By Jean Lotus
“One Industry United” was the theme of the Southeast Hemp Association’s 4th Annual Industrial Hemp Summit, held virtually Feb. 22 – 23 from the Danville, VA., campus of conference partner the Institute for Advanced Learning and Research.
About 230 participants from 28 states attended the event, which covered topics ranging from the state of the industry and market opportunities, as well as financing, state regulations, legal policy, genetics and testing.
“Putting together a 5,000-piece puzzle blindfolded and with the pieces constantly shifting,” is how Marty Clemons, board chair of the SHA described the emerging industrial hemp industry in a statement.
“It is imperative that we collaborate in a professional and transparent manner to create a sustainable industry,” she added.
The summit has a B2B focus, without exhibitions and much smaller public attendance. Previous events were held in person at IALR, and plans are to return to an in-person event in post-pandemic 2022.
Panelists and speakers at the event included Chase Hubbard, economic analyst at The Jacobsen and Eric Steenstra, executive director of Vote Hemp; along with Virginia Department of Agriculture and Consumer Services policy analyst Erin Williams; Chad Ulven, plastics engineering professor at North Dakota State University; and test lab specialists Volker Bornemann, and Rebecca Hobden.
Growers of sativa-style CBD hemp are learning to cooperate and promote best practices for the safety of the consumer, said said organizer Blake Butler, Southeastern Hemp Association’s executive director.
The pandemic appears to have “gotten rid of some bad actors” in the CBD space, he said.
And as industrial hemp expands from the CBD and flower market into fiber and grain, it’s time to take a look at the history of the region and how to reinvigorate former infrastructure, like railroads and the old textile belt in Georgia, and the Carolinas, said Butler.
Danville itself formerly employed 18,000 residents in a now-shuttered textile factory into the 1970s.
“We can tap right back into what exists and look at what can be done today,” Butler told Let’s Talk Hemp.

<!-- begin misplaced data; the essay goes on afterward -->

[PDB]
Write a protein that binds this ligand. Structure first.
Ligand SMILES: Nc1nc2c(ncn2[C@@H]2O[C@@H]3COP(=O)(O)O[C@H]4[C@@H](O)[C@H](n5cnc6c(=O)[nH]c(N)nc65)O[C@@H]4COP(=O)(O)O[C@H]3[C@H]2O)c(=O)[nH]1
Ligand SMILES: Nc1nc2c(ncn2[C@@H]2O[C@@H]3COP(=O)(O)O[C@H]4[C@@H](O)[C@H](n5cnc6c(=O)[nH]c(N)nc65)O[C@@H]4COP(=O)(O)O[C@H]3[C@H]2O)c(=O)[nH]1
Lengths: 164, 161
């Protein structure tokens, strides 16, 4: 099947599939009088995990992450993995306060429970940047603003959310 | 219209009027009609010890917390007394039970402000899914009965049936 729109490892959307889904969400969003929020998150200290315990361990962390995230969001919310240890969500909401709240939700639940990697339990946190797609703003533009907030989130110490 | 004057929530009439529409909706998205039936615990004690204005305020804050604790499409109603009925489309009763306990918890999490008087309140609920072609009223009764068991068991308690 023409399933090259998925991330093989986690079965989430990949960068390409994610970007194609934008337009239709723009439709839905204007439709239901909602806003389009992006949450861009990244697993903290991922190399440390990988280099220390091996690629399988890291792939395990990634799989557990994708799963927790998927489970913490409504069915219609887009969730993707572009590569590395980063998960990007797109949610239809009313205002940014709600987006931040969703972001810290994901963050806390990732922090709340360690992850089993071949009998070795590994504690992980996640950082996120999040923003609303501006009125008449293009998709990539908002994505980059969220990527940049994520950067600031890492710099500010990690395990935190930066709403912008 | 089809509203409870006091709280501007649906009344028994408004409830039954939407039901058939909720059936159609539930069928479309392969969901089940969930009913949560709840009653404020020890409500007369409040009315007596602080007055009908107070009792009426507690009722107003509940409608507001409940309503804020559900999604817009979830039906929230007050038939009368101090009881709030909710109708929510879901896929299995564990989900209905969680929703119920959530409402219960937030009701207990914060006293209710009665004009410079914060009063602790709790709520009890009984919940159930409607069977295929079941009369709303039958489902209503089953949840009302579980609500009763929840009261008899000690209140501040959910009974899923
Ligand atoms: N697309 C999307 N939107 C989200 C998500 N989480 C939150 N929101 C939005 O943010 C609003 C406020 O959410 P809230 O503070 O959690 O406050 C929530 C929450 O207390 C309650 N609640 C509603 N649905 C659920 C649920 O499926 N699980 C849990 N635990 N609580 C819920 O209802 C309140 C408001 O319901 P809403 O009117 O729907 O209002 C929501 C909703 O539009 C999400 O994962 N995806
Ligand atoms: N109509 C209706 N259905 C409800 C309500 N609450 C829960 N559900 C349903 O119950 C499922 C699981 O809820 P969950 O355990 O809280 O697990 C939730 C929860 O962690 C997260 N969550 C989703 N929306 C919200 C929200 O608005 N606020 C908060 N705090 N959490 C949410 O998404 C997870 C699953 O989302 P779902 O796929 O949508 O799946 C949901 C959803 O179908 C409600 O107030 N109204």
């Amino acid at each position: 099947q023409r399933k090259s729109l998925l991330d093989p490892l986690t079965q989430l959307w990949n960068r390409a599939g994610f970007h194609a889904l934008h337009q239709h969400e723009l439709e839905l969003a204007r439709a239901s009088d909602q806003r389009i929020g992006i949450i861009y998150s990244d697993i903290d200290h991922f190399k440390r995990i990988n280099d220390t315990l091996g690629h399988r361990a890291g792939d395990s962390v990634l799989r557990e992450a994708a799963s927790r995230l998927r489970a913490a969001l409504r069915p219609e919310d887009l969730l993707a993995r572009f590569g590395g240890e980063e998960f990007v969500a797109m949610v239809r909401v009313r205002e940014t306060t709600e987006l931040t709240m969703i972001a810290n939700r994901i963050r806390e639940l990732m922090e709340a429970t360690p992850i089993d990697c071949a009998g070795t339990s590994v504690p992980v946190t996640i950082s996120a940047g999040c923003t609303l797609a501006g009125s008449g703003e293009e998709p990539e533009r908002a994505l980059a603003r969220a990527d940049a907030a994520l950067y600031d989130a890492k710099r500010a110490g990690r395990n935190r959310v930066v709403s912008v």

At the same time, by looking at the steps in the supply chain, the journey from growers of fiber and food to manufacture of finished products will take collaboration and long-range thinking, he said.
“People know more than ever before as we look at fiber, to not make the same mistakes we made in the floral and CBD space,” Butler said. “We need an overall business plan and a three-to-five year commitment to grow this supply chain,” he added.
The institute’s roots date back to the 1998 national Big Tobacco settlement, which helped fund the organization’s research and campus in Danville, in partnership with Virginia Tech and Averett Universities and Danville Community College.
With biology, chemistry and even a polymer lab the institute is a “toolbox for the region to use,” said Mark Gignac, executive director of the Institute.
The shrinking tobacco and textile industries and national consolidation of farming in the Southeastern United States has left a void for regional farmers that industrial hemp can help to fill, said Gignac.
“The reemerging industry of industrial hemp provides diversification and growth opportunities” he said. Collaborative networking at the summit is a way to help build that new growth, he saide.
“We’ve kind of come full circle,” Gignac told Let’s Talk Hemp.
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Jean Lotus is a Colorado-based award-winning journalist and hempreneur who writes about the American West and sustainable food and technologies.